When one reads about the mutilation and disability suffered by people in India and around the world in literature, it is easy to feel moved, to feel immense sympathy and upset, to feel a sense of powerlessness and pain – but nothing I had ever read, nothing I had ever heard could have prepared me for the feeling which erupted within me when I saw her. Nothing could have prepared me for the sickness, the panic, the inner hysteria, which hit me immediately as I stood inches away from her and she looked at me with shy and desperate eyes. I knew in that moment as I reached into my wallet for a note, that no amount of silver donated in Varanasi would be able to help this woman, no number of tourists passing by and temple goers dropping coins could repair this life. I do not know how this woman came to be as she is. I do not know if she was injured by force or through disease. Perhaps it was done to make her a better earner as a beggar, (I have heard this is common), whatever the reason was did not matter. Here she was now, only a stone’s throw from the temple; young, noseless, broken.
I felt like I was going to be sick. Nothing can prepare you for the sight of another person’s extreme hardship in such close proximity, contrasted to your own privileged life. I felt a pain which I am not sure I have ever experienced before – a deep primal sadness. It felt like the pain of a million people at once and seemed to grip me from within and freeze me from outside. I felt oddly cold, very very cold.
I could not look but in that moment as I stood there I felt that I could not look away either. Walking away would somehow be a betrayal.
I did walk away. We walked on and as Terry guided us to a cafe where we could relax for a moment beyond the hysteria. I did not cry. I did not allow myself to cry, although I could feel my eyes bulging and my face trembling. I refused to let a tear fall, for I knew that once one fell, the rest would follow uncontrollably. I did not stop myself crying because I was in denial. I did not stop myself because I did not want to care. I stopped myself because I knew that I still have the best part of 3 months left in this strange world and if I let open the flood gates now they would be impossible to close and I feared I would be unable to stay.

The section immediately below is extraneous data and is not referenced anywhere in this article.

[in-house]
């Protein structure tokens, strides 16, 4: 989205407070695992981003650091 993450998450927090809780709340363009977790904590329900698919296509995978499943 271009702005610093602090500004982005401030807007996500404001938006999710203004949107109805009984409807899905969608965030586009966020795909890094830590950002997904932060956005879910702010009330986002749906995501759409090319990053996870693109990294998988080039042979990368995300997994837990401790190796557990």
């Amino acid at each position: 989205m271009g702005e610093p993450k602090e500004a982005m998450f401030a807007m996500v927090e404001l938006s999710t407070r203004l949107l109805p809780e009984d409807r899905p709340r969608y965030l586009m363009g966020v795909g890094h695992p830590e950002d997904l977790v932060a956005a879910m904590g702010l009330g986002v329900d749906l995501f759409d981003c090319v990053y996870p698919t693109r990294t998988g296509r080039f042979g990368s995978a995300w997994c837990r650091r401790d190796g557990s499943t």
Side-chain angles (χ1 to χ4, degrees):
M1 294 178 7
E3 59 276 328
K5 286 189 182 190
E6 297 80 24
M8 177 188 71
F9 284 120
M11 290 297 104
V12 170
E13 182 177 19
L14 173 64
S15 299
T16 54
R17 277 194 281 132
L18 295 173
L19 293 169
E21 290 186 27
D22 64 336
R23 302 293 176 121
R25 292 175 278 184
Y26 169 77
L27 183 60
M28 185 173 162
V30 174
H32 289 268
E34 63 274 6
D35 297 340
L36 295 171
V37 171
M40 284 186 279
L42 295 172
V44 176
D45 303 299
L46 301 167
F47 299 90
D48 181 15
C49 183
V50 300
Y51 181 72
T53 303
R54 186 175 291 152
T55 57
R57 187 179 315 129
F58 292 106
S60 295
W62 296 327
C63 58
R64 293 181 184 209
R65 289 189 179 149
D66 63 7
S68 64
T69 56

We sat at the Lotus Lounge, a place I was surprised to recognise from my last visit to Varanasi in 2009. The familiarity was somewhat comforting but even still I was desperate to leave the old city and soon we returned to the sanctity of the residency where Terry cooked us a sweet and spicy pasta dish and we caught up with the other residents.
I returned to my room and Navneet generously leant me his retro style CD player and a stack of Indian CDs. I sat on my bed and listened to the airy music and the deep chanting voices. I tried to work but I did not get very far.
I looked through my photos from the day of the temple rituals; the bathers at the ghats; the children running through the alleyways. I thought about the photo that I didn’t take and I know that she is still there somewhere in the backstreets of Varanasi and I am only a few kilometers away, and she is not the only one. Unlike in fiction when I stop writing and I close my laptop she will still be there and when I leave India and return to London she will still be there too. This is not the first time I have seen someone like her, but this time the protective sheet which glazed my eyes, (last time I was in India I experienced shocking sights as if through a camera – I was detached), had disappeared and I realised that I was really there and she was really there too – that was that. I am out of words.